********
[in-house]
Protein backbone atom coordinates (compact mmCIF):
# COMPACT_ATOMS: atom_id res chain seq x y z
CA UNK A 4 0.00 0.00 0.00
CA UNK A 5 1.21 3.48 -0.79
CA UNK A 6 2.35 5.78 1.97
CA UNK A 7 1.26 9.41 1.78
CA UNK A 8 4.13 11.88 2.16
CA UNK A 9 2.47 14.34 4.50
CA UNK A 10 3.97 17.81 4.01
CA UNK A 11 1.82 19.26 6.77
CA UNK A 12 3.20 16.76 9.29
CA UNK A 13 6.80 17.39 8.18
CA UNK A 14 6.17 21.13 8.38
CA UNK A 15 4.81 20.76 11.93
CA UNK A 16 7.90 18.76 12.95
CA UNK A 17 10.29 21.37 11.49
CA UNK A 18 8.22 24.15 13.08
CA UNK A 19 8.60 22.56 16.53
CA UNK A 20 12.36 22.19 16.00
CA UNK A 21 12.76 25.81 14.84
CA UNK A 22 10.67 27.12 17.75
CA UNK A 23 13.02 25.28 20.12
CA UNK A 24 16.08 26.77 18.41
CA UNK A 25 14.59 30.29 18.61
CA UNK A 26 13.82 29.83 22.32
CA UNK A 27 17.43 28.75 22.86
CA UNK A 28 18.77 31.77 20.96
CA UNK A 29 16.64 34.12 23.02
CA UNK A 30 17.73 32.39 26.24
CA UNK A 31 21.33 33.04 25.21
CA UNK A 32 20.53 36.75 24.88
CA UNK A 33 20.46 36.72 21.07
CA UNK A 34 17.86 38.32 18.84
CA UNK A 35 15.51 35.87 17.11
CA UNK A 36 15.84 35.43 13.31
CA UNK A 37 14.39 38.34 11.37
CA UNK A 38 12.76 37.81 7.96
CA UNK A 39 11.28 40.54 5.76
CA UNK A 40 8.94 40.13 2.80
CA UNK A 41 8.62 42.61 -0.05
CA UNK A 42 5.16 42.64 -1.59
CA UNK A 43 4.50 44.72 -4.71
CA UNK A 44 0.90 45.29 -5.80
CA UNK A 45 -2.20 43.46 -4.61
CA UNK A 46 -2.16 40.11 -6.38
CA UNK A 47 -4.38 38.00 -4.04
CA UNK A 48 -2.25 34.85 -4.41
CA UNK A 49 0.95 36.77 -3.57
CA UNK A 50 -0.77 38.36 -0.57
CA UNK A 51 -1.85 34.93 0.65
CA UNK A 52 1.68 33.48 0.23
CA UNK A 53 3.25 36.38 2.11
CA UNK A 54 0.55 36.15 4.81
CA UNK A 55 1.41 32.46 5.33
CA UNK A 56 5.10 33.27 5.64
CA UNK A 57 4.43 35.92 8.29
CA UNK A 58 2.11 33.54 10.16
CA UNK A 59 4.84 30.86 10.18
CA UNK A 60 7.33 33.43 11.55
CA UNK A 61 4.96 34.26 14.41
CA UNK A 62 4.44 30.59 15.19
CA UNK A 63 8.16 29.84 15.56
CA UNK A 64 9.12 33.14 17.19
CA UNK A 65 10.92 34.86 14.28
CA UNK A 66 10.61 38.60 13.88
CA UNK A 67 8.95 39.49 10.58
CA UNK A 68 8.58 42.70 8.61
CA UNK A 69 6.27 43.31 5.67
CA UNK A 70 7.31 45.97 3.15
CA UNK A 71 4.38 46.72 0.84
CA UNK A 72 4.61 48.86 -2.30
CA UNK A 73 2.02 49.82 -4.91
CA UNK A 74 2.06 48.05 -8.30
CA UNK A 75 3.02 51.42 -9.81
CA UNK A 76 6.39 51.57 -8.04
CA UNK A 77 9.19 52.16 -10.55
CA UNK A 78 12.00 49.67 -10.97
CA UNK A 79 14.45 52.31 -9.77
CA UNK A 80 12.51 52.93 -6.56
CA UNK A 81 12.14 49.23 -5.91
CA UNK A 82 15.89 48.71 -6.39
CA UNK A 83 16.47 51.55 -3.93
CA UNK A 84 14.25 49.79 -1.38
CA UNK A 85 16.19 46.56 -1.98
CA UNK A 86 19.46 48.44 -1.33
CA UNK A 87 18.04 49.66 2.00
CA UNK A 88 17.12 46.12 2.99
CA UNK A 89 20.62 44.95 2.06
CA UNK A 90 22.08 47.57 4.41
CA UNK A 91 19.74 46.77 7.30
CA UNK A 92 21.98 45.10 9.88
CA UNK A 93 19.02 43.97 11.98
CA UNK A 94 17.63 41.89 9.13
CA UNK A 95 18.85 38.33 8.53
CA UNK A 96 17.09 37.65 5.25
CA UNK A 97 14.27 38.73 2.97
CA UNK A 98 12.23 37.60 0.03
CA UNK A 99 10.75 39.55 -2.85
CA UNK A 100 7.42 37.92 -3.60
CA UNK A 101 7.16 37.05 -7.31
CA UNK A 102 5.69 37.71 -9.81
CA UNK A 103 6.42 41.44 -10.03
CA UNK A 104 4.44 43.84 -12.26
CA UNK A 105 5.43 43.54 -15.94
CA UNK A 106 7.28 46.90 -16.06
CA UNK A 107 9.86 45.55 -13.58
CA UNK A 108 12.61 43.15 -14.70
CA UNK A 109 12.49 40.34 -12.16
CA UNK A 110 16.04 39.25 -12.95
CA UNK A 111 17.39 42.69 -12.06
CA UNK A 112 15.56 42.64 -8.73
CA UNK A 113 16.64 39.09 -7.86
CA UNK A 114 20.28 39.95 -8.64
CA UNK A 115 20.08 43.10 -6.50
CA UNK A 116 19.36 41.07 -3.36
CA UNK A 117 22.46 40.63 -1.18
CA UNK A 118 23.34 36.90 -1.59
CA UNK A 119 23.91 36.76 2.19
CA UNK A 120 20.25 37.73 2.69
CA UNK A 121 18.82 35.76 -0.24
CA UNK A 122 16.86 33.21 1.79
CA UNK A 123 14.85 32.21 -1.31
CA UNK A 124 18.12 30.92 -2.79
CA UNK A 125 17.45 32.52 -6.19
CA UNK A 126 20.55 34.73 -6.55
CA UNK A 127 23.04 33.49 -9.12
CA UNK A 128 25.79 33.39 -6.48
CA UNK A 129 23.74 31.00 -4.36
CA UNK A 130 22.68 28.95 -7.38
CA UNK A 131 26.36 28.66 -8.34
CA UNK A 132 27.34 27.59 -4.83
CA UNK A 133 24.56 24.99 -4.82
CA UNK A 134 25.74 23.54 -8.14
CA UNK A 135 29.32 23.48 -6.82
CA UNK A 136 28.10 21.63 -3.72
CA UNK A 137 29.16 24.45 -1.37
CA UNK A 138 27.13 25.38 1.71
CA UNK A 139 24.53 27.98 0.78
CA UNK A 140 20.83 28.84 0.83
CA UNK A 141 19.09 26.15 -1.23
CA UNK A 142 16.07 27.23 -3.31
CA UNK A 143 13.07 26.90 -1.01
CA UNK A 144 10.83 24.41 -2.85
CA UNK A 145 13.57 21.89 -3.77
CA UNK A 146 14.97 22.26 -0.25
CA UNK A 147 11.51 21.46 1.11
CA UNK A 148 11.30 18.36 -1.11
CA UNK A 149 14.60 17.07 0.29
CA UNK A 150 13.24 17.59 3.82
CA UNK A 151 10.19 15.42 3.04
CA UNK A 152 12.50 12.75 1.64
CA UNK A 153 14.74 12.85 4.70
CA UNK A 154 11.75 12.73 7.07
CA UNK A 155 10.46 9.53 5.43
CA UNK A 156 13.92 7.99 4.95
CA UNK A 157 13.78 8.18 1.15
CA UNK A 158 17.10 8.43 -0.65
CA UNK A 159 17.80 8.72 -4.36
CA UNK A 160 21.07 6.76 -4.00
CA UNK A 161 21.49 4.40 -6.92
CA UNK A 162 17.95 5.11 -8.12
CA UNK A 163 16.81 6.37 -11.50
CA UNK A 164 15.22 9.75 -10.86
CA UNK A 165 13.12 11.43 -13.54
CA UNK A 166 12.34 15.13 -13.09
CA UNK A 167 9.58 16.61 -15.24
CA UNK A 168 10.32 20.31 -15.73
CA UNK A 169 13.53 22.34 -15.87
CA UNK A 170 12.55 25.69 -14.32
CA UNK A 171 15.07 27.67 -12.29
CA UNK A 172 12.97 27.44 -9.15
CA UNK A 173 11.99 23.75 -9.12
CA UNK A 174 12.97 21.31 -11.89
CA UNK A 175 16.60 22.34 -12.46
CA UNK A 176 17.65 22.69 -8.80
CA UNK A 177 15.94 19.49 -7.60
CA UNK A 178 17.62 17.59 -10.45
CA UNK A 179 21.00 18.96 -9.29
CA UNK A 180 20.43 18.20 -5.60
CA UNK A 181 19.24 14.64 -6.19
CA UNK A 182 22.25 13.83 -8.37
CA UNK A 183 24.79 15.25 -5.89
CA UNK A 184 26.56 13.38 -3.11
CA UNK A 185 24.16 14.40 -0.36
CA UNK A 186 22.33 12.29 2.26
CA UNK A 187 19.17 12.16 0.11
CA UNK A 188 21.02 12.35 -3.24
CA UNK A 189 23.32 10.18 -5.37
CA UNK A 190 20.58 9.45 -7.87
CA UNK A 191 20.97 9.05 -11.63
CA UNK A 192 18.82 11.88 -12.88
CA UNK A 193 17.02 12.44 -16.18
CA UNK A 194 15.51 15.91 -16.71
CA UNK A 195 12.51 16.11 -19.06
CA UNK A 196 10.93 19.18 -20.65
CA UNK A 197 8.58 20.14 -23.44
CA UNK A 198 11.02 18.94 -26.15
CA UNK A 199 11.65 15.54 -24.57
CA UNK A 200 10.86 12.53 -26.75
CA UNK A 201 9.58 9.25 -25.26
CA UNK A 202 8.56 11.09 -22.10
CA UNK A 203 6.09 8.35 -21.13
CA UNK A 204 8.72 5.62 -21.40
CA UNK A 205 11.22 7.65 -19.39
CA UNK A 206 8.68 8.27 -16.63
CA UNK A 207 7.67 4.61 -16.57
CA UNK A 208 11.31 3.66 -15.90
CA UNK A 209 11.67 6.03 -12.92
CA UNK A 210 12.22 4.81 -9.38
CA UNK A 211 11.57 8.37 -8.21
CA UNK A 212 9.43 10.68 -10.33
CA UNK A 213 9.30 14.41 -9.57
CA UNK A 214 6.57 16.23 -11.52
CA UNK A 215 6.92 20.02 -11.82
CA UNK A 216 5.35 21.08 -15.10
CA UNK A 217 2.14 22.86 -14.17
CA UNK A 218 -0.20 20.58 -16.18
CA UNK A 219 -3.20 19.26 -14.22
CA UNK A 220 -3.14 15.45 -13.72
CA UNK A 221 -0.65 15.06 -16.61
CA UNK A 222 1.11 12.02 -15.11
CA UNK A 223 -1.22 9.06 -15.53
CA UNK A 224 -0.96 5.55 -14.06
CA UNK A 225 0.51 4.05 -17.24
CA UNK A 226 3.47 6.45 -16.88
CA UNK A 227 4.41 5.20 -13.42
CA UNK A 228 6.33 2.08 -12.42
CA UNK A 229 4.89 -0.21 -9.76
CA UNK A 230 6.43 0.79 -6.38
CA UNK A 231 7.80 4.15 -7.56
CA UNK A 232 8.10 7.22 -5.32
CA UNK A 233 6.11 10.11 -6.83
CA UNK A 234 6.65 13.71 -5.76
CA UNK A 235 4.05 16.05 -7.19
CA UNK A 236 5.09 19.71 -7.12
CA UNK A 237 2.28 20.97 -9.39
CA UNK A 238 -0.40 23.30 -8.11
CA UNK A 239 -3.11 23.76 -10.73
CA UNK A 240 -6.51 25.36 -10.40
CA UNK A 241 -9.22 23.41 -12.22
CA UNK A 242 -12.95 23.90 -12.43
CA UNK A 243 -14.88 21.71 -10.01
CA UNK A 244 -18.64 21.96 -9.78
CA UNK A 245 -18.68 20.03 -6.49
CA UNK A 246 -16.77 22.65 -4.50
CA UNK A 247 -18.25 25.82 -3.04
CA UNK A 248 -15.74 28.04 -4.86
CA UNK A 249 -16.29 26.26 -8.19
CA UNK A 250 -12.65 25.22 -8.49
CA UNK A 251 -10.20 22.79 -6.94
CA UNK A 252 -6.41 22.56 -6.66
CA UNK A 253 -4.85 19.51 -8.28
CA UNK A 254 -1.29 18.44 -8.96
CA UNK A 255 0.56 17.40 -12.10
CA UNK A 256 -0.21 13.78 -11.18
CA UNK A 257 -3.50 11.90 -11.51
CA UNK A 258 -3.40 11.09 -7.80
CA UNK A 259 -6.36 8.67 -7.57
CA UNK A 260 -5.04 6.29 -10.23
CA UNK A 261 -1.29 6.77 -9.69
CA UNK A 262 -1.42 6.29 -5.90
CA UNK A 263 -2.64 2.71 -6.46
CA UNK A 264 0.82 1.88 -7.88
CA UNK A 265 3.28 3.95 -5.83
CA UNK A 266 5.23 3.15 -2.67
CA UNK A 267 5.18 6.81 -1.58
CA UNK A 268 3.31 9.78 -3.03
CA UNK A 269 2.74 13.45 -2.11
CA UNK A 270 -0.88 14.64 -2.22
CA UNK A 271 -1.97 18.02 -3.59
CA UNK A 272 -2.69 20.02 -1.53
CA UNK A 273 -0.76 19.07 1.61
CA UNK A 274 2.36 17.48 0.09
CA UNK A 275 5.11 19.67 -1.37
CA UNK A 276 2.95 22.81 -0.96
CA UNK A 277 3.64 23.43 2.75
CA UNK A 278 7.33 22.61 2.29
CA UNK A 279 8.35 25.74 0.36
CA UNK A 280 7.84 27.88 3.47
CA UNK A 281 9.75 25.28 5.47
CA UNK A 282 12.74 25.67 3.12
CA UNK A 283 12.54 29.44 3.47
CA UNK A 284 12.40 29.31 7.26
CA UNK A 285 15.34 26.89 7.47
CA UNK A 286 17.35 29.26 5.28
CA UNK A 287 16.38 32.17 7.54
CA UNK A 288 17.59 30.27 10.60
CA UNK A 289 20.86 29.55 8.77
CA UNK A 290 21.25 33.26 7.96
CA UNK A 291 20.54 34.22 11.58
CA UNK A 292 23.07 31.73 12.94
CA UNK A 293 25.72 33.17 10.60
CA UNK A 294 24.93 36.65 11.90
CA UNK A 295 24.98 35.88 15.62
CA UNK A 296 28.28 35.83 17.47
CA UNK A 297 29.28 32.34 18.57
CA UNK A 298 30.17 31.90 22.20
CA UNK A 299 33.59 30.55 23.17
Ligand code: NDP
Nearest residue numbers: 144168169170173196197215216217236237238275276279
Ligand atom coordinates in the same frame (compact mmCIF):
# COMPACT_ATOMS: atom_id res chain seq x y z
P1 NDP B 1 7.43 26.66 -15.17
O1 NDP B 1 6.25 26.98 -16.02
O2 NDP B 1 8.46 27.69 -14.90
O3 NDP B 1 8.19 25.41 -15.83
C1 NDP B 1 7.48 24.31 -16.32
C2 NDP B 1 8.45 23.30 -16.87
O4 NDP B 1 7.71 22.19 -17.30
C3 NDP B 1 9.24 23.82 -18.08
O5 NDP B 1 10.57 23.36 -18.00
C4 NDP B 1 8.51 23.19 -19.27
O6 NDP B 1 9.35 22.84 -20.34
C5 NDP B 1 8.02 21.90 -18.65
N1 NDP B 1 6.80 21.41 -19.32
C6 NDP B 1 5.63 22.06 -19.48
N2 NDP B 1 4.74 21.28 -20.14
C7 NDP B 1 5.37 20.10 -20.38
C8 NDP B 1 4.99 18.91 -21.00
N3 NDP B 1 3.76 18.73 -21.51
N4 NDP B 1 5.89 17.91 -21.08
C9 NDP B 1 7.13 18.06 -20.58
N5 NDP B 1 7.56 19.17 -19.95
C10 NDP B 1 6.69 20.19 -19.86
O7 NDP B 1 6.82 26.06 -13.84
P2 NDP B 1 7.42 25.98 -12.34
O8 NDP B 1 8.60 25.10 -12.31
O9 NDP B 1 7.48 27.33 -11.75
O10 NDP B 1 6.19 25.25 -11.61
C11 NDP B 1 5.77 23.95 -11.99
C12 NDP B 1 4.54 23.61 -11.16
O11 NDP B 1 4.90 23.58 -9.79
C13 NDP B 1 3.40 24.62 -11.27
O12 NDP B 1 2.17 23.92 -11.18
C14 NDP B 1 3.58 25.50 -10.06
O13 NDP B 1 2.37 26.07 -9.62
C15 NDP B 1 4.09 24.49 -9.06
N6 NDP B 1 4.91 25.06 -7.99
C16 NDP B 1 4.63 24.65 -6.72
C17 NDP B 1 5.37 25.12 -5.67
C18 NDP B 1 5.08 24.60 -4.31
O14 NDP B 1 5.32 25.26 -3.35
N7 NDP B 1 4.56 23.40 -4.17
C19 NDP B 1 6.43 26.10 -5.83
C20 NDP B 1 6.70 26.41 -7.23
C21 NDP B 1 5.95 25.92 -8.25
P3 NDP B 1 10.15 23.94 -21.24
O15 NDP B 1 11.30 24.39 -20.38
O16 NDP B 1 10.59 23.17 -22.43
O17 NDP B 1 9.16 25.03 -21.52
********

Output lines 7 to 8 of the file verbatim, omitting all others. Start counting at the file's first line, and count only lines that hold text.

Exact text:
CA UNK A 7 1.26 9.41 1.78
CA UNK A 8 4.13 11.88 2.16